Medicaid fraud is a general term used that applies to any scheme that commits fraud against a healthcare insurance program. Fraud is defined as the misrepresentation of materials or services in order to gain certain benefits. In terms of healthcare, this misrepresentation is usually a claim sent to an insurance company, such as Medicaid, Medicare, UnitedHealthcare, Tricare, and more. When a claim gets submitted for services reimbursement that were either not conducted, overbilled, or not medically needed, the person or entity that caused this bill can be prosecuted for fraudulent behavior.
The most common Medicaid fraud examples include billing, falsification, kickbacks, and misrepresentation. A doctor that commits billing fraud may have not carried out the services or charged for more than what they performed. Furthermore, if a medical professional bills for a covered service when they had provided an uncovered service, or billed several times for one service, they are partaking in Medicaid fraud. Falsification can be related to altering certificates of what is medically necessary, providing a false diagnosis, or fabricating records or treatment plans to justify the Medicaid payments.
Moreover, invoicing services separately or forging receipts that should be considered single-service fees constitutes fraud. A healthcare provider may engage in Medicaid fraud if they are not forthcoming about diagnoses, treatments, testing, or medicines when seeking payments. Or as the team from Morales Law Firm is well aware, a healthcare provider may diagnose and prescribe the patient items that are not medically necessary, or intended for use by people aside from the patient. Kickbacks entail any form of compensation that prompts a medical provider to refer patients, coax a patient to utilize a medical practice, or accept kickbacks for referral of patients.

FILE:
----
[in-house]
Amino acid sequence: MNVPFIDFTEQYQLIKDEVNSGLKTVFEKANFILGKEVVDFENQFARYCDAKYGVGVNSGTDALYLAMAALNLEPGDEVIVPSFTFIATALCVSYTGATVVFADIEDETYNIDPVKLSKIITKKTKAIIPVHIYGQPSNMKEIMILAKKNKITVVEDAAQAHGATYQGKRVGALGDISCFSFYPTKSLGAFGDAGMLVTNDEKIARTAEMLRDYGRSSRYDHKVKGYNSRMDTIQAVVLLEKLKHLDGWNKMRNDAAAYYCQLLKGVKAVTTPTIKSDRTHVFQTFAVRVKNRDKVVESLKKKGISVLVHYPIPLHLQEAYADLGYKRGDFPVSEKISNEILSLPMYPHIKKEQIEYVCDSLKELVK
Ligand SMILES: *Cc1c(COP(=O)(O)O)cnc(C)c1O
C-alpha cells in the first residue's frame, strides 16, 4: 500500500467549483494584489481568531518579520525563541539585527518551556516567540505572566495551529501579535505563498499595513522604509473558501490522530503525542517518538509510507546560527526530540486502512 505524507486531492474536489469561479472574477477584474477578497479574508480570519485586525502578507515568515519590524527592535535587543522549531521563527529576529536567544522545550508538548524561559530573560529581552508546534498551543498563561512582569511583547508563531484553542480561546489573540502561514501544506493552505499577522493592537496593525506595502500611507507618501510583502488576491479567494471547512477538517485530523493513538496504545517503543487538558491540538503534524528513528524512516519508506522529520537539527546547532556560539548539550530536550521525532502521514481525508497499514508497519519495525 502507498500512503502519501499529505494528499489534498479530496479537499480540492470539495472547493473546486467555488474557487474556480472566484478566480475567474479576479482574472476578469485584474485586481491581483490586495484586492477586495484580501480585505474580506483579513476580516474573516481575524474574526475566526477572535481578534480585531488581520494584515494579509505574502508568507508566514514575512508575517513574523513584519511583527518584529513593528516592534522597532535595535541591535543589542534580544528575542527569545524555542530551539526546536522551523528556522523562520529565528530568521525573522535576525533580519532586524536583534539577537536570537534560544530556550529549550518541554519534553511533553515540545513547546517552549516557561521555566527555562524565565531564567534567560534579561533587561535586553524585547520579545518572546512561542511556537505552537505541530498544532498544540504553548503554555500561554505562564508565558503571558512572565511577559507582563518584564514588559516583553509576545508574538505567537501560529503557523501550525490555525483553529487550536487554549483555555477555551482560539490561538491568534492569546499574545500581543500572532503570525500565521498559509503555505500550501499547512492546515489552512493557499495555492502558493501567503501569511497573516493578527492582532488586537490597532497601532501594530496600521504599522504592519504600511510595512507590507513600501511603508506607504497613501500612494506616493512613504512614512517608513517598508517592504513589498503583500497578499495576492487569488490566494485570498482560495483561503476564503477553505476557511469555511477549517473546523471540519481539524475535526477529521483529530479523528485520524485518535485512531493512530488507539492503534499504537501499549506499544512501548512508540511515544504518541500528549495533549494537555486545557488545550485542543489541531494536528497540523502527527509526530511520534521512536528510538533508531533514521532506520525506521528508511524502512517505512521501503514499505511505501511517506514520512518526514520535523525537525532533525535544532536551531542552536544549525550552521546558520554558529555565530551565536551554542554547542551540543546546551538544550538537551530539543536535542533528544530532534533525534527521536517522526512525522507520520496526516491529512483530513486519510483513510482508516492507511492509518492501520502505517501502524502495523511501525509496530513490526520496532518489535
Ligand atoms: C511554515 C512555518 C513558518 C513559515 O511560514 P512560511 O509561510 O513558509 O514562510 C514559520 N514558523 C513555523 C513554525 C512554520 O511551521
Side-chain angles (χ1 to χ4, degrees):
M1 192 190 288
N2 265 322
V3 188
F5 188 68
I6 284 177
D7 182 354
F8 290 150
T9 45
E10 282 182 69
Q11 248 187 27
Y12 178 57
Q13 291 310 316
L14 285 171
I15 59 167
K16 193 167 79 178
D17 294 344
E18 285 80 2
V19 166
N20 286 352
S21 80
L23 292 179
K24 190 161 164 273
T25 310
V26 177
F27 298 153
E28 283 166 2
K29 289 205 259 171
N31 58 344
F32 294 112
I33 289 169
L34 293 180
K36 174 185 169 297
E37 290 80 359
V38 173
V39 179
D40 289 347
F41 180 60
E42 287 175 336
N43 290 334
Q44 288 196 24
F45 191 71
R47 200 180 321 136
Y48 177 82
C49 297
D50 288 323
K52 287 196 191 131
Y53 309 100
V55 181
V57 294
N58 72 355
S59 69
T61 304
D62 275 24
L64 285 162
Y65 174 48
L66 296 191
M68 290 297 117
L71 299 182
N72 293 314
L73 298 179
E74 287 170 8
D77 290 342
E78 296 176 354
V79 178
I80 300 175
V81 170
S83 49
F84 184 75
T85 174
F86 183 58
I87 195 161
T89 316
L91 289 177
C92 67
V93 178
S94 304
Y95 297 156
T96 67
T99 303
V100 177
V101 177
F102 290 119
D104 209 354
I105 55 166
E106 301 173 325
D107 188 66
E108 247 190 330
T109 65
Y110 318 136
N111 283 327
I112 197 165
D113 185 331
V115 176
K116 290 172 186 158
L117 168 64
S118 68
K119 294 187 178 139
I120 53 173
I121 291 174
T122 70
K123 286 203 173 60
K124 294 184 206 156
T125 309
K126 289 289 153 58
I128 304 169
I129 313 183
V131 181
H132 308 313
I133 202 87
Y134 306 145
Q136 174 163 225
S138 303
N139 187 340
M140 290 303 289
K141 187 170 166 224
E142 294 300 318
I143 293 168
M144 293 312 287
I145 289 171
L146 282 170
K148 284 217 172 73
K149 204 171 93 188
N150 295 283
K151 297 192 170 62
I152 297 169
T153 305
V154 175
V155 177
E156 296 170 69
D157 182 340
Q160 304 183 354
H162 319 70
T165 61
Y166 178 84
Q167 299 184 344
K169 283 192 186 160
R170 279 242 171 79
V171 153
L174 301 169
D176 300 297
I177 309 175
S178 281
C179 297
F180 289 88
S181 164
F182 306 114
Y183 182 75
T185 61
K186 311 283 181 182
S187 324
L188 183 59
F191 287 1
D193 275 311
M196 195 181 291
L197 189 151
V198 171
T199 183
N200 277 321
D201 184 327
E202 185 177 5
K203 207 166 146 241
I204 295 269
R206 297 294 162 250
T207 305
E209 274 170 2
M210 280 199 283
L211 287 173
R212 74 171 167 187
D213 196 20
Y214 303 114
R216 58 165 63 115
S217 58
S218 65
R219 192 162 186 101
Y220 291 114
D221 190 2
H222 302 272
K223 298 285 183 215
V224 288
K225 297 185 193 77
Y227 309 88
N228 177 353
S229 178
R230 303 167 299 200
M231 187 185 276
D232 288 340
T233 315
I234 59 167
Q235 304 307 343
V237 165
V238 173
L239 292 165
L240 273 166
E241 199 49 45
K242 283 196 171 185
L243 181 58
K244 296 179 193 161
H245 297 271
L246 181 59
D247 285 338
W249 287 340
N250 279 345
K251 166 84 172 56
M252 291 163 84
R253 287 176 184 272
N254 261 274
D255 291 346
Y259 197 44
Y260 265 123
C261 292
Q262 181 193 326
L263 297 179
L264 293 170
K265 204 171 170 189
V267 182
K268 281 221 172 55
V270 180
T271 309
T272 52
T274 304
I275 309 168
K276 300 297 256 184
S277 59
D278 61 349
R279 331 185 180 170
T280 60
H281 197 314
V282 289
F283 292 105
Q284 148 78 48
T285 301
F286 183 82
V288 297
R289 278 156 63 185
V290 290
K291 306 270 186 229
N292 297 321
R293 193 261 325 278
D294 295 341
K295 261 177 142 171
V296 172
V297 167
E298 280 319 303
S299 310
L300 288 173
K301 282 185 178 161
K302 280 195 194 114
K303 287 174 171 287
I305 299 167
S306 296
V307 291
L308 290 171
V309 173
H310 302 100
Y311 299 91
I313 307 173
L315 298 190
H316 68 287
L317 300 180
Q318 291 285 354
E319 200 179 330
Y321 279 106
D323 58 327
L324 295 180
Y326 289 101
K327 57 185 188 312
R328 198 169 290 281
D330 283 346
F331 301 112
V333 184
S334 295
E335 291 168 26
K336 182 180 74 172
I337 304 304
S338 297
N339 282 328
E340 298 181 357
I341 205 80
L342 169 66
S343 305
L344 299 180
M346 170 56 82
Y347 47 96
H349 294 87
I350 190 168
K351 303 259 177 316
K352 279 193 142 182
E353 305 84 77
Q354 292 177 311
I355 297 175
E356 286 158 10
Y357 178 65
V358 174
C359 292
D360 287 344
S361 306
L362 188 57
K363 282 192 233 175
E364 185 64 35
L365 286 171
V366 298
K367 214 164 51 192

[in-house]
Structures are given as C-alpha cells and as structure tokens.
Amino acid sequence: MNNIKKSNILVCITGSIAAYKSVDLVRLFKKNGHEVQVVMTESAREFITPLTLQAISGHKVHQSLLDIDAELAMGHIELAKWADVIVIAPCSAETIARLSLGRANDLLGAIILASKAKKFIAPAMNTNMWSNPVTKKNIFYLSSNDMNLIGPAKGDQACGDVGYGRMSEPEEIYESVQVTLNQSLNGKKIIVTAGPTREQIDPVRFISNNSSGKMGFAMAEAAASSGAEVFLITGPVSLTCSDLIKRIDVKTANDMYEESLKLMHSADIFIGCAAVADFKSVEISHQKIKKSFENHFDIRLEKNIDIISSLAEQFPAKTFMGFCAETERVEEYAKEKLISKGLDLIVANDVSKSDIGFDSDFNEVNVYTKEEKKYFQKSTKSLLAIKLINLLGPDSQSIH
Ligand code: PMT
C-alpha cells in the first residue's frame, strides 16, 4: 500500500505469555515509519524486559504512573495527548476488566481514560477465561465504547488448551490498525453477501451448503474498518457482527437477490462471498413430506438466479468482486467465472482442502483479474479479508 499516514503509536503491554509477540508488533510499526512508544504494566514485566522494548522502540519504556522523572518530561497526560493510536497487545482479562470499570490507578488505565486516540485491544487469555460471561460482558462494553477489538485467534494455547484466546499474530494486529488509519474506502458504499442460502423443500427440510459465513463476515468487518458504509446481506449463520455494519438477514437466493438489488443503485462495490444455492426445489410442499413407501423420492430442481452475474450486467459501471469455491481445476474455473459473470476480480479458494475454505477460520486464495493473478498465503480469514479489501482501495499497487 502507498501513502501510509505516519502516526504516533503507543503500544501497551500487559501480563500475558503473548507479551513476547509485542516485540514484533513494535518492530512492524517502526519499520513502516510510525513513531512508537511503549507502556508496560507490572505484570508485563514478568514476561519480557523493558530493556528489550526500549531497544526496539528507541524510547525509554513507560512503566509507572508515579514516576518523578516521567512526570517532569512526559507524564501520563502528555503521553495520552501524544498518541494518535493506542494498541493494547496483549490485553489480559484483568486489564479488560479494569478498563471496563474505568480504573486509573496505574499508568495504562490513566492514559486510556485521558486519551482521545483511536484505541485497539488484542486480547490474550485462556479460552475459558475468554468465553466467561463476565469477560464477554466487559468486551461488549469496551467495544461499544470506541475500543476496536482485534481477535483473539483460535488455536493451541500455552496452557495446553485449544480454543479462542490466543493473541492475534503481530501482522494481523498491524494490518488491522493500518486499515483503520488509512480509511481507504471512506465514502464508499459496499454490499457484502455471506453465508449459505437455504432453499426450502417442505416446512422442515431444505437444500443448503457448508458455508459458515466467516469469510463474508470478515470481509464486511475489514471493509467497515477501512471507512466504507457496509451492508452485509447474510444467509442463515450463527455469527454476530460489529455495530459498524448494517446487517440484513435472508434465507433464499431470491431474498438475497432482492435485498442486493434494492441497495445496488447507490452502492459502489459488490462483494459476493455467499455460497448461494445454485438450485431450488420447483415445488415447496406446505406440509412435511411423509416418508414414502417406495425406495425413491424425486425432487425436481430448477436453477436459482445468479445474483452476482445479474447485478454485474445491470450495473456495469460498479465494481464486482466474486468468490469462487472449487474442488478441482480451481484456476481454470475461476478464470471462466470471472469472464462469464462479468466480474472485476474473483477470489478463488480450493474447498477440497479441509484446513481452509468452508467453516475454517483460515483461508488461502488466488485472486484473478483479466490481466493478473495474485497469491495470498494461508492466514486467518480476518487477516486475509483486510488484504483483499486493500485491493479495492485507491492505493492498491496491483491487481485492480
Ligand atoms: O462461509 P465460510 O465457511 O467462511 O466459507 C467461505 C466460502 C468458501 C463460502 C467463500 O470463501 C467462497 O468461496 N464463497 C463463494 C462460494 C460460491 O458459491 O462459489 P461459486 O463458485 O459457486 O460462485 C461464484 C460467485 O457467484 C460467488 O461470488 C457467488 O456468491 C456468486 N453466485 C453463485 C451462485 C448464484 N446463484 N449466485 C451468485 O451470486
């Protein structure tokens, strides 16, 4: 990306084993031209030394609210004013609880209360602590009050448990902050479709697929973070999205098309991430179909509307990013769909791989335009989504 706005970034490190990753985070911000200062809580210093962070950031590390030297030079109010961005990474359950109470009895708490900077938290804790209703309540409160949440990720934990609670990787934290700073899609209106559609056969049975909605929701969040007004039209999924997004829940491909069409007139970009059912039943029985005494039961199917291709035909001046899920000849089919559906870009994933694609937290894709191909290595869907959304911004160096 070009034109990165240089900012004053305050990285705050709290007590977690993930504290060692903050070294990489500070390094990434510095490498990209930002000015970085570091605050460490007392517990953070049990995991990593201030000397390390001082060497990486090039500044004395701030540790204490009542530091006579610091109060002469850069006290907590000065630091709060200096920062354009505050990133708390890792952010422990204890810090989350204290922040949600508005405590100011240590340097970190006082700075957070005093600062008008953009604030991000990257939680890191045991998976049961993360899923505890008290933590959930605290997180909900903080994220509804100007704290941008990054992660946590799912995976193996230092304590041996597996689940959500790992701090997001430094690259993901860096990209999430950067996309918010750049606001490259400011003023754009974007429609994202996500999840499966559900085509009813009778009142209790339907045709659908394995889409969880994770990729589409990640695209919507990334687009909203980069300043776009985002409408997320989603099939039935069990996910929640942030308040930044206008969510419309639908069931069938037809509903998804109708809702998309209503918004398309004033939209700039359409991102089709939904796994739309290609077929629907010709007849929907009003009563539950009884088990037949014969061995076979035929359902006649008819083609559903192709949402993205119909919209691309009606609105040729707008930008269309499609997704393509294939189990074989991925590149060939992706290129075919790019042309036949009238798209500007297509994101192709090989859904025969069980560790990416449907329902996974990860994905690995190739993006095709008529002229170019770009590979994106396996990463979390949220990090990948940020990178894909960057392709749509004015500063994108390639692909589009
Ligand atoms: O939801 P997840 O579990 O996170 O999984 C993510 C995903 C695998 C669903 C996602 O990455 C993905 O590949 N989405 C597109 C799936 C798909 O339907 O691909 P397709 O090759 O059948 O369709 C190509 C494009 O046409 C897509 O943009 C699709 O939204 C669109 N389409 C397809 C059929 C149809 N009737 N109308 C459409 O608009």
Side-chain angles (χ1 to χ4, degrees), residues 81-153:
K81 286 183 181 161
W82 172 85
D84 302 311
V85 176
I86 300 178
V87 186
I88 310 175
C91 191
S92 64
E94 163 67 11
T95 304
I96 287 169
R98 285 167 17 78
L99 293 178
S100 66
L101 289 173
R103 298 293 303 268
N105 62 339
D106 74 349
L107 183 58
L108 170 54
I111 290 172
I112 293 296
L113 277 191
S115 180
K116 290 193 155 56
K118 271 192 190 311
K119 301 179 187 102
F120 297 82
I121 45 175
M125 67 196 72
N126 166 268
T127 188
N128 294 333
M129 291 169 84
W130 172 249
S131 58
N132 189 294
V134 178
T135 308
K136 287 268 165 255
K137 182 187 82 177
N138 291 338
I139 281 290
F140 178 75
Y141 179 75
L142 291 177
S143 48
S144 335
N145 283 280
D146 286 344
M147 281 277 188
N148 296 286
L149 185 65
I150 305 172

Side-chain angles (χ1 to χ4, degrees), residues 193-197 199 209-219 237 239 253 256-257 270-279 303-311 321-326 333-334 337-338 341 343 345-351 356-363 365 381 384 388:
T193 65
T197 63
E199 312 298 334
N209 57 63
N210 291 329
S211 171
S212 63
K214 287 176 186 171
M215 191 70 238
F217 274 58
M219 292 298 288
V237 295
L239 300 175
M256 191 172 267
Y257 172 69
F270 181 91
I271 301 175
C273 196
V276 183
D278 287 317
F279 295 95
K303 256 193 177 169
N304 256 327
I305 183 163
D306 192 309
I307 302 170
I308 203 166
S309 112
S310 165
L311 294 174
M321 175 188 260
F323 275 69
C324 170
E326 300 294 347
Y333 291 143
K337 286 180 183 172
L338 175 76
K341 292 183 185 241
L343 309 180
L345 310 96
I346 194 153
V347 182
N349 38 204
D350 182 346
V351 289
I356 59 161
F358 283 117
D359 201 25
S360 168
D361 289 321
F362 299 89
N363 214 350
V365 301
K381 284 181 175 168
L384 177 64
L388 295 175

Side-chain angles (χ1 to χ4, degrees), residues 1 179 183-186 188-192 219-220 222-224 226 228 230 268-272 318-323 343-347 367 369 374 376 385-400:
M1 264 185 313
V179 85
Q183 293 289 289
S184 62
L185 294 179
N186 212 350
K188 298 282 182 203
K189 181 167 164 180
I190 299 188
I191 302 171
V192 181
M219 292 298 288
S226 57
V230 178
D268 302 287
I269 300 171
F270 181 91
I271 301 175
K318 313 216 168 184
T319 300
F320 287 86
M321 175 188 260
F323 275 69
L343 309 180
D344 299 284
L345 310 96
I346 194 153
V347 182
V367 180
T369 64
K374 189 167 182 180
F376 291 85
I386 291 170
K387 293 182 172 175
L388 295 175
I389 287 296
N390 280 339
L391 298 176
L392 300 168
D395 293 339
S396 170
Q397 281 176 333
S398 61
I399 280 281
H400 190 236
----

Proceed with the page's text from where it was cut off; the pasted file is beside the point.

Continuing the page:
There are signs to watch out for that mean you could be under investigation for Medicaid fraud. You may receive a grand jury target letter or search warrant, to be used against you or your medical practice. You may also get a letter from a federal prosecutor or Department of Justice, claiming that you are a witness or subject to a Medicaid fraud federal investigation. If this happens, it means prosecutors are looking to indict you and/or your healthcare practice, but they don’t have sufficient evidence to show a grand jury yet. You may be under investigation for fraud if you learn that your patients, employees, or other witnesses are being interrogated or surveillanced. If you are receiving an increase in audits and record requests from Medicaid, then you may be under the spotlight and suspected of fraud.
As a medicare fraud lawyer San Francisco, CA residents confide in at Morales Law Firm can attest, based on the circumstances of the case, you may be able to avoid criminal charges from being filed, have the case dismissed, or avoid overpayment or licensing actions. If there is evidence being used against you, a dedicated legal team can work to find you a favorable settlement that has minimal impact on your future.